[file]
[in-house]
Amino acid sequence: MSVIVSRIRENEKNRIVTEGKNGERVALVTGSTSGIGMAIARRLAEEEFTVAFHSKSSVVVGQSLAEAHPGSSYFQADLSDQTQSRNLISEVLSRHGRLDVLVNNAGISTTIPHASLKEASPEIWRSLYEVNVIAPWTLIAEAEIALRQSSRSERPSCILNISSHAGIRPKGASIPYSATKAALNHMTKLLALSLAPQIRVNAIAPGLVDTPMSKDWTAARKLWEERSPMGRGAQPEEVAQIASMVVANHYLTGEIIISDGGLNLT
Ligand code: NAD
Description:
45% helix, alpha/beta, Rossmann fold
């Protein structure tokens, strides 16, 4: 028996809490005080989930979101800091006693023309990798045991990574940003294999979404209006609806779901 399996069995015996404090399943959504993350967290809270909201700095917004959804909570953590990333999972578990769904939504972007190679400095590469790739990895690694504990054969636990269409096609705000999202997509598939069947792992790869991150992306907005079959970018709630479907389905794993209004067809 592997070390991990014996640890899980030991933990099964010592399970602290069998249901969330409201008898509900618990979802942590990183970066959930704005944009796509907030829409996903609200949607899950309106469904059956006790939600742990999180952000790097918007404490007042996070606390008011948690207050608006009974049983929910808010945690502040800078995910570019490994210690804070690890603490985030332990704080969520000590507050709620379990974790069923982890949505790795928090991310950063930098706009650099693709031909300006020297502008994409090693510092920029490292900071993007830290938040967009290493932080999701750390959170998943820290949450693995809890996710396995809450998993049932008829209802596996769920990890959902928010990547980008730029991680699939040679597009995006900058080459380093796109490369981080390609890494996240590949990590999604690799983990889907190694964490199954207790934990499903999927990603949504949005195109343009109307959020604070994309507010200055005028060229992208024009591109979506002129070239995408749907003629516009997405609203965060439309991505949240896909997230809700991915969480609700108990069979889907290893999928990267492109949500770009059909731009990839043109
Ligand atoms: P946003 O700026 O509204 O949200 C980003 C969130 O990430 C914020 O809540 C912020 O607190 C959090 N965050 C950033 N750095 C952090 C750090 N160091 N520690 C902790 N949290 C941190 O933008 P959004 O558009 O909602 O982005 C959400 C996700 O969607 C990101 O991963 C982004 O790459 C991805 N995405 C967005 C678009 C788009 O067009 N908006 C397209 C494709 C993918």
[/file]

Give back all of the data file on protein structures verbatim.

[in-house]
Amino acid sequence: MSVIVSRIRENEKNRIVTEGKNGERVALVTGSTSGIGMAIARRLAEEEFTVAFHSKSSVVVGQSLAEAHPGSSYFQADLSDQTQSRNLISEVLSRHGRLDVLVNNAGISTTIPHASLKEASPEIWRSLYEVNVIAPWTLIAEAEIALRQSSRSERPSCILNISSHAGIRPKGASIPYSATKAALNHMTKLLALSLAPQIRVNAIAPGLVDTPMSKDWTAARKLWEERSPMGRGAQPEEVAQIASMVVANHYLTGEIIISDGGLNLT
Ligand code: NAD
Description:
45% helix, alpha/beta, Rossmann fold
């Protein structure tokens, strides 16, 4: 028996809490005080989930979101800091006693023309990798045991990574940003294999979404209006609806779901 399996069995015996404090399943959504993350967290809270909201700095917004959804909570953590990333999972578990769904939504972007190679400095590469790739990895690694504990054969636990269409096609705000999202997509598939069947792992790869991150992306907005079959970018709630479907389905794993209004067809 592997070390991990014996640890899980030991933990099964010592399970602290069998249901969330409201008898509900618990979802942590990183970066959930704005944009796509907030829409996903609200949607899950309106469904059956006790939600742990999180952000790097918007404490007042996070606390008011948690207050608006009974049983929910808010945690502040800078995910570019490994210690804070690890603490985030332990704080969520000590507050709620379990974790069923982890949505790795928090991310950063930098706009650099693709031909300006020297502008994409090693510092920029490292900071993007830290938040967009290493932080999701750390959170998943820290949450693995809890996710396995809450998993049932008829209802596996769920990890959902928010990547980008730029991680699939040679597009995006900058080459380093796109490369981080390609890494996240590949990590999604690799983990889907190694964490199954207790934990499903999927990603949504949005195109343009109307959020604070994309507010200055005028060229992208024009591109979506002129070239995408749907003629516009997405609203965060439309991505949240896909997230809700991915969480609700108990069979889907290893999928990267492109949500770009059909731009990839043109
Ligand atoms: P946003 O700026 O509204 O949200 C980003 C969130 O990430 C914020 O809540 C912020 O607190 C959090 N965050 C950033 N750095 C952090 C750090 N160091 N520690 C902790 N949290 C941190 O933008 P959004 O558009 O909602 O982005 C959400 C996700 O969607 C990101 O991963 C982004 O790459 C991805 N995405 C967005 C678009 C788009 O067009 N908006 C397209 C494709 C993918």